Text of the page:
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Ralph Nader responds to McCain-Obama Debate

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The following was the Nader response to the McCain-Obama debate. The debate was held Tuesday, October 7 2008, and Nader responded at an event in Winsted Connecticut, saying this:

"There's actually alot of space on that debate stage. The Debate Commission is the company created by the Republican and Democratic parties in 1987 to get rid of the sponsorship by the League of Women Voters, because they thought the League was too independent. And so, my two competitors decide who tens of millions of people in this country can see on that stage.

Which is why people in Western democracies can hardly believe how we manage these kinds of political processes. Every major national poll has said that they want me, by name, on those presidential debates. In 2000, 2004, and 2008.

Now, one of the reasons why they don't want me or other third parties on the debate is what was excluded tonight -- you'll know -- excluded tonight was any mention of the Wall Street bailout, because both McCain and Obama supported it.

Excluded was any mention of cracking down on corporate crime, fraud, and abuse which is looting trillions of dollars in worker pensions and from investors and environmental violations, because both McCain and Obama have no platform on how to crack down on corporate crime, waste, and abuse.

You'll notice they talked about what to do about credit -- heavy credit and debt. One way is to have a living wage for workers. Workers go into debt because one out of three of them are making Wal-Mart wages. There was no mention of how to cut the deficit by getting rid of corporate subsidies -- hand outs; give aways. Because both McCain and Obama don't have a policy on living wage, and they don't have a policy against -- cutting off taxpayer subsidies to the fat cat corporations around the country.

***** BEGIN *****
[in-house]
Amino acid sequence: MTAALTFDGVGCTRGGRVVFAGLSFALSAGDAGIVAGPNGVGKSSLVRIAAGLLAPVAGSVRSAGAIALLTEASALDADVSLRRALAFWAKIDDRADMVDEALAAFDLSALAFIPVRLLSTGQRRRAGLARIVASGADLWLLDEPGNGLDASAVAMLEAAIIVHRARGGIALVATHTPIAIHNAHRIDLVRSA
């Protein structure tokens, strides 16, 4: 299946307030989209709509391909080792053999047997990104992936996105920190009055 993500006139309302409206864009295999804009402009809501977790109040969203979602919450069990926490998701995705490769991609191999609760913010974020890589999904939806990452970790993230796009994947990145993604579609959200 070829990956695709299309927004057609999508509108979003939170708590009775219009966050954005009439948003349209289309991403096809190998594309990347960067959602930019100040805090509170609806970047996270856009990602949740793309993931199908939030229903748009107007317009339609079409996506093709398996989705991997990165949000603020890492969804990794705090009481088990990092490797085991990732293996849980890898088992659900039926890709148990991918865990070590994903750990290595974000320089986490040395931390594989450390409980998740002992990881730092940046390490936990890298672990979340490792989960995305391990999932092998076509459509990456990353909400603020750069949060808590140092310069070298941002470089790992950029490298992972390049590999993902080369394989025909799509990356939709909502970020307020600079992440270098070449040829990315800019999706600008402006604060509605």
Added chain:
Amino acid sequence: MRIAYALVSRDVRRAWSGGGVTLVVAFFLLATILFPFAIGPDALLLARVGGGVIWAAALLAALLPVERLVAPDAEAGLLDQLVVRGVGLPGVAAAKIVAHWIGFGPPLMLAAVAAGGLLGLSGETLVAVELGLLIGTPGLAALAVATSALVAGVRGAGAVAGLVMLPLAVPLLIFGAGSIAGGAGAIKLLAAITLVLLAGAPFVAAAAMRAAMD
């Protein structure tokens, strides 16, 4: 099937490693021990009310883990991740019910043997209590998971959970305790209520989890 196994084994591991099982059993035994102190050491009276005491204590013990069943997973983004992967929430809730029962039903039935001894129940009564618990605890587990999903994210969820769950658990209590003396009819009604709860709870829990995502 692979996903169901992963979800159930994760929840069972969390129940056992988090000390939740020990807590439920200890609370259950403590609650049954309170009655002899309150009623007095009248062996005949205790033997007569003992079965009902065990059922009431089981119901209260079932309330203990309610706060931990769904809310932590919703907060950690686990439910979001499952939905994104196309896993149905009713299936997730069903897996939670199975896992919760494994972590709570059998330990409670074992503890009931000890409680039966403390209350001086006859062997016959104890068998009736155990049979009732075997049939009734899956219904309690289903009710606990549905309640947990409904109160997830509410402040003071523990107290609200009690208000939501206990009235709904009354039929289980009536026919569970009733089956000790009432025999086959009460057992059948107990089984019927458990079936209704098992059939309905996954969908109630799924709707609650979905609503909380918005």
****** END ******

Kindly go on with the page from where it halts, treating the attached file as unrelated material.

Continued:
There was no mention at all of the Palestinian people. It's like they're non-persons. And, if you look at the debate and you ask, "How many times did McCain and Obama really agree with each other?" Even though they didn't use the word -- it was overwhelming. Whether it's on Iran; Pakistan; on Russia;

Whether it deals with nuclear power; which they both want to re-introduce in this country -- even though it requires 100% taxpayer loan guarantee before any nuclear power plant is built because Wall Street will not fund such a risky form of energy.

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Even on energy, they quibble about "Well, who voted for what?" But they all want an equal smorgasbord, don't they? A little bit of nuclear, oil, gas, solar, conservation. But there are important forms of energy that are much better than other forms of energy. Namely, something they hardly mentioned: energy efficiency. For more motor vehicle fuel efficiency; lighting; heating; air conditioning.

It's really quite distracting to the American people to have to sit here three times and watch debates that are almost "ditto" debates. Did you watch the first debate? It's incredible how repetitious their statements are, and how similar the questions are.

Now, why are the questions so similar? Because they select the questions. So these aren't really debates, as the gentleman just mentioned -- they're just parallel interviews.

Now, what we should do in the future is have large coalitions of national citizen groups, like League of Women Voters, neighborhood groups, labor groups, religious groups, environmental groups, all kinds of coalitions getting together and setting the stage for presidential debates. So that the people summon the presidential candidates in April of a presidential year, or May, and say "Here is your post-Labor Day schedule; and you're going to go from Boston to San Diego. You're going from Seattle to Miami." That way, the people shape the agenda, shape the presidential debates, and they're not simply spectators -- which they are now left just being spectators.

"Who won? Who won?" It's WHAT won. WHAT lost. I think the people lost. And I think big business won. I think militarism won. I think corporate tax loopholes won. I think labor lost. I think consumers lost. I think people who have to pay to these credit card gougers, and these high gasoline prices and these high medical prices and drugs by companies that are subsidized by your tax dollars -- I think they lost. The people lost.

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So this is my debate here, in Winsted Connecticut. Thank you very much."


The author was once the 18-year-old candidate for U.S. President ('84) and later the founder of the China Support Network, post-Tiananmen Square.

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